With the demand for beef products continuing to rise and research activities increasing in North America, the E. coli O157 testing market is growing rapidly. In North America, this market is expected to nearly double, to more than a trillion dollars, by 2027. Such demand necessitates streamlined, cost-effective, and—most importantly—accurate E. coli O157 testing to prevent outbreaks as much as possible. Food producers and processors need to ensure they have the best processes in place to keep up with this demand safely and efficiently. This may require putting a critical eye to the supply chain to create an effective and sustainable food safety plan.
Foodborne pathogen outbreaks such as those caused by E. coli O157 are not just problematic for consumers; food producers and processors feel the effects as well. Considering lost revenue, product recalls, clean-up costs, and potential lawsuits, the monetary ramifications of an E. coli O157 outbreak can be catastrophic for testing laboratories. By examining processes currently in place, members of the food supply chain can make the changes needed to ensure that their testing processes are safe, efficient, robust, and economical.
Examine the Food Safety Plan
To solidify a well-rounded food safety plan, food processors and producers need a clear roadmap tracing every item. Samples need to be tracked in detail, including their source of origin, how they’re stored at source, mode and route of transportation, how long they’re transported for, and points of primary and secondary interaction throughout the supply chain. It’s also imperative to have a plan of action in case of a product recall. Producer plants need quicker recall procedures and rapid sample traceability, along with notification systems, to implement as soon as contaminated samples are identified by the food processor.
Effective sample monitoring systems ensure that if the food processor can identify exactly where the outbreak occurred, it can also identify what specific samples have been contaminated. Because this outbreak could trace back as far as the slaughterhouse, meticulous sample tracking is essential for every member of the food supply chain.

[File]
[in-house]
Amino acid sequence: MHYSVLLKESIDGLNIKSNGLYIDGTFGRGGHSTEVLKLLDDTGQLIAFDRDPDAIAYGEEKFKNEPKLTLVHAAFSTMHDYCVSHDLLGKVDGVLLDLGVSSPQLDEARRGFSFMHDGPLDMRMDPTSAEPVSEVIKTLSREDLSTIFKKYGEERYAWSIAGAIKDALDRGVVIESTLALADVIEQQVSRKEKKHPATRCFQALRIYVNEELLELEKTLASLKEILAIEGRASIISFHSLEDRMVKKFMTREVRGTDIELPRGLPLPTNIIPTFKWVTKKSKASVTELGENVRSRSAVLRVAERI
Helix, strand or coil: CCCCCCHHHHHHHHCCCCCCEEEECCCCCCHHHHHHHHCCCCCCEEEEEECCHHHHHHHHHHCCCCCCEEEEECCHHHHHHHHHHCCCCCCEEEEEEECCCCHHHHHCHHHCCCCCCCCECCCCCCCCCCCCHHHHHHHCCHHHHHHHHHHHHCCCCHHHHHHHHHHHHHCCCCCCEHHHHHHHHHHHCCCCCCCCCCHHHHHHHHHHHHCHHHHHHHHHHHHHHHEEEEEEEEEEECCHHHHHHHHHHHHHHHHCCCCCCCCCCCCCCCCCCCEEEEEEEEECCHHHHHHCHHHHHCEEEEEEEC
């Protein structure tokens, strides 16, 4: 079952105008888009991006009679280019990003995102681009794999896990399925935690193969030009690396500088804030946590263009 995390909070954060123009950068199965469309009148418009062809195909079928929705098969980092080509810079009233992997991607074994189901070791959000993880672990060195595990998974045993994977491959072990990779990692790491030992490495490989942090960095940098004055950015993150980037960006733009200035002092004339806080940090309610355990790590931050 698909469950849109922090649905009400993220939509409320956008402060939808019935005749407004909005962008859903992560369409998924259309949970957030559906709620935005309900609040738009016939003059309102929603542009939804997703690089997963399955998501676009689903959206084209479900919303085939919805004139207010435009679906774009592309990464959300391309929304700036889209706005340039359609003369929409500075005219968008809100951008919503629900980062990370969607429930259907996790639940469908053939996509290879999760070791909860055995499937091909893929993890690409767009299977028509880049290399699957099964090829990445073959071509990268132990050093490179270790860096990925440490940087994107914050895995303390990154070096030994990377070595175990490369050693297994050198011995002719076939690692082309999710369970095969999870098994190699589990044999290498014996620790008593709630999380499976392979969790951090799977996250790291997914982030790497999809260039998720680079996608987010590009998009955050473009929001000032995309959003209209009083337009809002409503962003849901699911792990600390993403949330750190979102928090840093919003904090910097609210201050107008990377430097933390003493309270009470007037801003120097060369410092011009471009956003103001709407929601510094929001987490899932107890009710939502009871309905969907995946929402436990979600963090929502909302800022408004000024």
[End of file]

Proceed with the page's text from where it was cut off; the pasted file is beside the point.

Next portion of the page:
E. coli O157 testing carried out in processing facilities is only as strong as the chosen test technology of the certified method developer. This will ensure reliable sample tracking and fundamentally allows the method developer to work with each individual customer to create a novel internal monitoring plan of their materials using their specific methodology. For optimum success in this process, laboratories need a method developer with both reliable testing results and robust customer services.
Implement a Sustainable Testing Solution
Many food testing labs currently use PCR or culture methods for their testing procedures. These systems are not without their drawbacks. While PCR is a proven technology and an accurate testing application, ELISA testing methods are just as reliable as PCR and culture-based testing methods. ELISA tests also offer additional benefits, making them a better option for many labs looking for increased automation, improved overall turnover of sample results, and cost savings.
Labs may find that the multiple liquid-transfer steps associated with PCR testing leave many opportunities for errors, and because a high level of skill is necessary to complete the process, a great deal of time and money needs to be spent on training.
High throughput immunoassay ELISA testing challenges the shortcomings of PCR testing. ELISA tests are easier to automate and require less training time to operate, meaning testing labs can onboard employees more quickly and cost effectively. Pre-installed protocols with onscreen step-by-step directions to set up and run assays results in walk-away automation that frees up time for lab testers to multitask, allowing tests to be run in the background while employees complete other necessary tasks throughout their shift.